Hey, New England: We're turning our clocks forward this weekend, and an entomologist is responsible.
Don’t forget, this weekend we’re “springing forward” for daylight saving time. Of course, most of us prefer “fall back”, because it gives us an extra hour of sleep instead of taking one away, but in the end, at least we’re getting more sunlight, right? If you’re still lamenting the loss of your hour, though, here’s a fun fact: You can blame an entomologist for that.
In 1895, George Hudson, an entomologist from New Zealand, came up with the concept of daylight saving time. Instead of one hour, he proposed two, so he would have more time after his day job to collect insects. He was essentially laughed out of the Royal Society of New Zealand after presenting the idea, but eventually opinions changed, and Hudson lived to see many countries adopt daylight saving time as we know it.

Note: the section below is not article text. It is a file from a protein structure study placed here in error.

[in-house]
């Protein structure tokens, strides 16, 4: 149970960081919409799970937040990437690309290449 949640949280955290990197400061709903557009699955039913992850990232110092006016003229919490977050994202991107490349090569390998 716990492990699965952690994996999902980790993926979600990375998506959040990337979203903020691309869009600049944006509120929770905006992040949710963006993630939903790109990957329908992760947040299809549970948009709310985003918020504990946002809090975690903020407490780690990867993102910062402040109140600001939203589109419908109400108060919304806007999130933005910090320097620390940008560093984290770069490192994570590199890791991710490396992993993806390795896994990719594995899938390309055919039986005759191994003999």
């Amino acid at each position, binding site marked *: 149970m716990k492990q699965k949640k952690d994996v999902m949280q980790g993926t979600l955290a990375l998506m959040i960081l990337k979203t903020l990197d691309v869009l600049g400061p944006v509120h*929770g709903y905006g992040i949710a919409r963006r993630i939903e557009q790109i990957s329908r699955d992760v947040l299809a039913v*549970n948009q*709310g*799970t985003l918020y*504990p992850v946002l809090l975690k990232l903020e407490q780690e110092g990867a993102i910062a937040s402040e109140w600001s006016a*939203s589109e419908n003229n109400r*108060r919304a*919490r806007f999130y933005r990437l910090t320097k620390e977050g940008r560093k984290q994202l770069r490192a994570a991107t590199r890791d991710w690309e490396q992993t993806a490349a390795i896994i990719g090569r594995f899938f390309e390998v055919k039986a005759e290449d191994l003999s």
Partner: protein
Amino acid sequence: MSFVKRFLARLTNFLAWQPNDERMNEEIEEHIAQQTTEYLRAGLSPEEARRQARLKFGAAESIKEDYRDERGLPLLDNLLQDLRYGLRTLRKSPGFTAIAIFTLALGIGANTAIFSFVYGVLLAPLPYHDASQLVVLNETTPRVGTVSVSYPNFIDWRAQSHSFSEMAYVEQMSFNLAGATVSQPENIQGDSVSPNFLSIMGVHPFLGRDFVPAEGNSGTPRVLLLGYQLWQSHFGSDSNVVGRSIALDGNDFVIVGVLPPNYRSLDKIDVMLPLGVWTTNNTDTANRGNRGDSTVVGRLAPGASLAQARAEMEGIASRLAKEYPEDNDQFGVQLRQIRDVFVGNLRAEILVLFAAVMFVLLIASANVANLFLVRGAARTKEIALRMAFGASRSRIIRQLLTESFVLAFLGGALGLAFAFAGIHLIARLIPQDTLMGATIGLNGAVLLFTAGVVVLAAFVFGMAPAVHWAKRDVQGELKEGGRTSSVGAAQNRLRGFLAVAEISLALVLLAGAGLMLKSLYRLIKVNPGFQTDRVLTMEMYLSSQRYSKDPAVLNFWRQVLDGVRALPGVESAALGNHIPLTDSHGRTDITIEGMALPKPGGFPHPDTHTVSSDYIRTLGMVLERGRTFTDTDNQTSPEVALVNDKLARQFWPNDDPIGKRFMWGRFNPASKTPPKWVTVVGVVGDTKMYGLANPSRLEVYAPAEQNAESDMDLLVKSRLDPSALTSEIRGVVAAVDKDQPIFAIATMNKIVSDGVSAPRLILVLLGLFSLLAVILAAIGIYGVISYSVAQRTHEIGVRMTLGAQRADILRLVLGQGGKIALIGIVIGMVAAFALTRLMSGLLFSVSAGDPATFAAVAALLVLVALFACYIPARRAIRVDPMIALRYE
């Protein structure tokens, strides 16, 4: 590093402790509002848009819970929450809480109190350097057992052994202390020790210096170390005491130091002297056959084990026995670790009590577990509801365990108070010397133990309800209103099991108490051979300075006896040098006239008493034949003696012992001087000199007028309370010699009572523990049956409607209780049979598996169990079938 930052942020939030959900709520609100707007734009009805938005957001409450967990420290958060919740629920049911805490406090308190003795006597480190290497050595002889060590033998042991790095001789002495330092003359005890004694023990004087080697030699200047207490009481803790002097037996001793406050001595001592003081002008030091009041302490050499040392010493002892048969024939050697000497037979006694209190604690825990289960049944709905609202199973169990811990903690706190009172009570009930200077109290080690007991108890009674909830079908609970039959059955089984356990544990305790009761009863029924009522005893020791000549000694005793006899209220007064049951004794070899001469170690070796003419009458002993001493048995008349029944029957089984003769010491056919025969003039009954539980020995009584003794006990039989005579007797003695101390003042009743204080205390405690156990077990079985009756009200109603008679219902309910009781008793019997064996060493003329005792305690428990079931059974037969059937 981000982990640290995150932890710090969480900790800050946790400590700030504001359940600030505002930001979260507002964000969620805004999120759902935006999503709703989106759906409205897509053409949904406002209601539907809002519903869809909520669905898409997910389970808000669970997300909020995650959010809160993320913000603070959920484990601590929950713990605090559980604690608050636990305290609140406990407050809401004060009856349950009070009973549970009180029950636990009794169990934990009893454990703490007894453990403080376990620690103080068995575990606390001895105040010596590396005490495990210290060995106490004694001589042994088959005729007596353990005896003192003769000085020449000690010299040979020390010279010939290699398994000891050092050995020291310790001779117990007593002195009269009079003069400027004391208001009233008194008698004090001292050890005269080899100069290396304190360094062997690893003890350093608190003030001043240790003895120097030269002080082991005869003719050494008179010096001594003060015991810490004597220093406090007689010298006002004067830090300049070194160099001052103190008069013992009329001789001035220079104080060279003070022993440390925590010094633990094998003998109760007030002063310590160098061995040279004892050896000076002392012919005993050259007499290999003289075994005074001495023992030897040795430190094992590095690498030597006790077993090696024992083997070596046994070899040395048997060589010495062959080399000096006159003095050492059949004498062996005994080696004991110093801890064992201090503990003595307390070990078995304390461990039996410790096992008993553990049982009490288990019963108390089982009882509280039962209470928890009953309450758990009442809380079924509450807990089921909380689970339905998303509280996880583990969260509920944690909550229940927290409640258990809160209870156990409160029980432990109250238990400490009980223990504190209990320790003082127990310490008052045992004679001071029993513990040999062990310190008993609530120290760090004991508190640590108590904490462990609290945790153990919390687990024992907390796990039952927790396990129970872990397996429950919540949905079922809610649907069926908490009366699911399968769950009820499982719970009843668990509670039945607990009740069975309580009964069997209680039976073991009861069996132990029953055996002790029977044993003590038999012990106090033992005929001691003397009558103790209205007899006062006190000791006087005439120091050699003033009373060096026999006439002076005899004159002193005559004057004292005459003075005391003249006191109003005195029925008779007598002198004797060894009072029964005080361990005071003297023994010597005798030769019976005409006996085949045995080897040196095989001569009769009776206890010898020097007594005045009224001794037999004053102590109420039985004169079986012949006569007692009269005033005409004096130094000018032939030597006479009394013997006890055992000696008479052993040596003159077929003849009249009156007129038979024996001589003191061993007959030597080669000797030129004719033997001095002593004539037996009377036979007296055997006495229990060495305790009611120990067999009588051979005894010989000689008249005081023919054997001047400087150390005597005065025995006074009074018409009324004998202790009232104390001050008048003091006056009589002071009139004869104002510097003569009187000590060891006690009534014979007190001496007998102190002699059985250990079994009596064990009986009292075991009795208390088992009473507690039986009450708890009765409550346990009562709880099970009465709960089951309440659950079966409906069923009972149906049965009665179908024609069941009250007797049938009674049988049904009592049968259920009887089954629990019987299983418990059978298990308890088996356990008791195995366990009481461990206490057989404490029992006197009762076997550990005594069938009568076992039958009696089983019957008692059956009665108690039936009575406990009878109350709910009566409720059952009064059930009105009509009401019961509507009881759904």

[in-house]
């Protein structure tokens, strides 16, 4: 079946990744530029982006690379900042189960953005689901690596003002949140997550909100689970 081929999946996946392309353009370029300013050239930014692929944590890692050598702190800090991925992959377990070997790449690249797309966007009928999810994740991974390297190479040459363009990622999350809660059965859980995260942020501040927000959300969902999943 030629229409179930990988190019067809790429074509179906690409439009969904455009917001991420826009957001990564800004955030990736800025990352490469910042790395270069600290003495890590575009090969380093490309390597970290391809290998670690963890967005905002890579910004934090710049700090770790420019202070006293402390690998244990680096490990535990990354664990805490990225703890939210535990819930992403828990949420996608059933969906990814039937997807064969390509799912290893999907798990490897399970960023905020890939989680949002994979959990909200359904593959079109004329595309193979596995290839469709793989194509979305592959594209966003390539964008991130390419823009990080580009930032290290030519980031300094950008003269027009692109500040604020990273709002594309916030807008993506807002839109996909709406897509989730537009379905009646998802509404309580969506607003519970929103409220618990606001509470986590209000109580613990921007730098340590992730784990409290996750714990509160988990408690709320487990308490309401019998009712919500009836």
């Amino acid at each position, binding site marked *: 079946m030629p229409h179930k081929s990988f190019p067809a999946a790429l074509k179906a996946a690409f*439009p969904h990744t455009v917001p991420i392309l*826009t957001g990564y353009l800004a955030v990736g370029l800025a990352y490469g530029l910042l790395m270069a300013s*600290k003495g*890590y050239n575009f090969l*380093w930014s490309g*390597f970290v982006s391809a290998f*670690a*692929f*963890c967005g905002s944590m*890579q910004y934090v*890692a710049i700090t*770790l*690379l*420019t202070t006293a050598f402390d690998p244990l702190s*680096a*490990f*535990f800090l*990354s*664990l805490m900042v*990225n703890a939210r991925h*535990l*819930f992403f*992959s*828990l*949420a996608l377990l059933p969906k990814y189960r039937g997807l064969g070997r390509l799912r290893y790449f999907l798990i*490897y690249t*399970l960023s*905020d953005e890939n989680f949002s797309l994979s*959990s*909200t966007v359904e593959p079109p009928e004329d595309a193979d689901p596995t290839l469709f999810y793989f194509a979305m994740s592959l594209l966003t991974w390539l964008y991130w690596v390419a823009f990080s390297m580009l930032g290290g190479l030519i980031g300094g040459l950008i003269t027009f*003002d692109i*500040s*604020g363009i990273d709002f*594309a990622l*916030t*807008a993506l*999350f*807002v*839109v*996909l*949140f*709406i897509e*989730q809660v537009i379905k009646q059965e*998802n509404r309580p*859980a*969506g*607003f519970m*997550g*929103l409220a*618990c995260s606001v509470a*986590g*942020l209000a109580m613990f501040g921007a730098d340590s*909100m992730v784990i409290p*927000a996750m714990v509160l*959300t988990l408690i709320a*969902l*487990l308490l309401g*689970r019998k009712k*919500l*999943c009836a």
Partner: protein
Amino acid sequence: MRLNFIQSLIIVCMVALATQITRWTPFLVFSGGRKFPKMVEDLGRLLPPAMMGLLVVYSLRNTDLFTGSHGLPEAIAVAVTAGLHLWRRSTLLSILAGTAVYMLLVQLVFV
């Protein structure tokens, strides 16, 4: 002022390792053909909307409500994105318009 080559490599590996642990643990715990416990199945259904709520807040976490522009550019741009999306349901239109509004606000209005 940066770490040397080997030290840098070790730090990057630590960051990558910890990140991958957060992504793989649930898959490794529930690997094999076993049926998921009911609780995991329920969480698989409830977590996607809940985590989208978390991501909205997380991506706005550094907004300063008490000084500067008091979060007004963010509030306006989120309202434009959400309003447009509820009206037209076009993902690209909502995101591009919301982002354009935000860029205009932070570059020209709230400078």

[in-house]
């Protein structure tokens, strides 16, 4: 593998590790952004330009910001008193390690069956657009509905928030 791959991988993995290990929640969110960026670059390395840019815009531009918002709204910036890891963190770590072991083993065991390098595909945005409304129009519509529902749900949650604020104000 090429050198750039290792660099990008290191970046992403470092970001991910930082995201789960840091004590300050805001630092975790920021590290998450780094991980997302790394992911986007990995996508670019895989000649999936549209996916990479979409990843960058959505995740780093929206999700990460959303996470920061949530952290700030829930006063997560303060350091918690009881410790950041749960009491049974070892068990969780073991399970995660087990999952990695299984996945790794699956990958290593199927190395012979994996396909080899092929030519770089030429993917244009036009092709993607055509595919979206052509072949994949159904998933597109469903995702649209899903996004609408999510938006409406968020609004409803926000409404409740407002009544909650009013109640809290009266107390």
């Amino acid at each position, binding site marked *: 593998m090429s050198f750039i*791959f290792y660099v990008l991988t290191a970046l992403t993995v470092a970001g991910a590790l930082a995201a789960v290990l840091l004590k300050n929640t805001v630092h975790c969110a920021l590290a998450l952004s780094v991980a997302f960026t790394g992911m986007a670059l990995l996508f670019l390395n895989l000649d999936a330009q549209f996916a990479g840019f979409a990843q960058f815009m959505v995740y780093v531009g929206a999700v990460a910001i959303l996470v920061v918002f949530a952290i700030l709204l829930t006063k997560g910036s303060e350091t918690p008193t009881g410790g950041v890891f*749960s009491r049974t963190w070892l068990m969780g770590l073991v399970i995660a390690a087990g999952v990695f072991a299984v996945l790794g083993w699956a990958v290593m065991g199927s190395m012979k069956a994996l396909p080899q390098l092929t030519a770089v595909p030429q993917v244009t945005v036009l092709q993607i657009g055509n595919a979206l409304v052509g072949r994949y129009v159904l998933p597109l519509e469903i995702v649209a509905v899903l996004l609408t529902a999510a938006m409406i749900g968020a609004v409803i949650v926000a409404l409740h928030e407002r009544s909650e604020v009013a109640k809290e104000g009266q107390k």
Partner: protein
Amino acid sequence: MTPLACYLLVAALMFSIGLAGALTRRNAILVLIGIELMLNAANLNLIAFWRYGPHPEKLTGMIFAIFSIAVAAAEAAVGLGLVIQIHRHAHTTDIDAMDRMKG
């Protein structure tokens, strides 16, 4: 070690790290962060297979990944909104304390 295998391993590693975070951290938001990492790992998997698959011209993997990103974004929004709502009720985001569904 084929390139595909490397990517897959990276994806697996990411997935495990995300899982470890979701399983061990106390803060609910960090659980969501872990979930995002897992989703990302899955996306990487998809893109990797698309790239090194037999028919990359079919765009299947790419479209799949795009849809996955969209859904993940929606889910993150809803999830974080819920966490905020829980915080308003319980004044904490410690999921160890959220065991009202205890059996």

It’s worth noting that Hudson’s idea wasn’t some evil plot to rob people of an hour of their weekend. You’re entitled to feel a bit slighted this weekend, but when you’re enjoying early morning sunshine, after-work daylight, and a generally brighter mood, thank the entomologist who pioneered the idea of daylight saving time.
In the meantime, if pests are keeping you from fully appreciating the brighter days, give Burgess Pest a call. Our entomologist hasn't invented anything too crazy lately, but he does know his pests.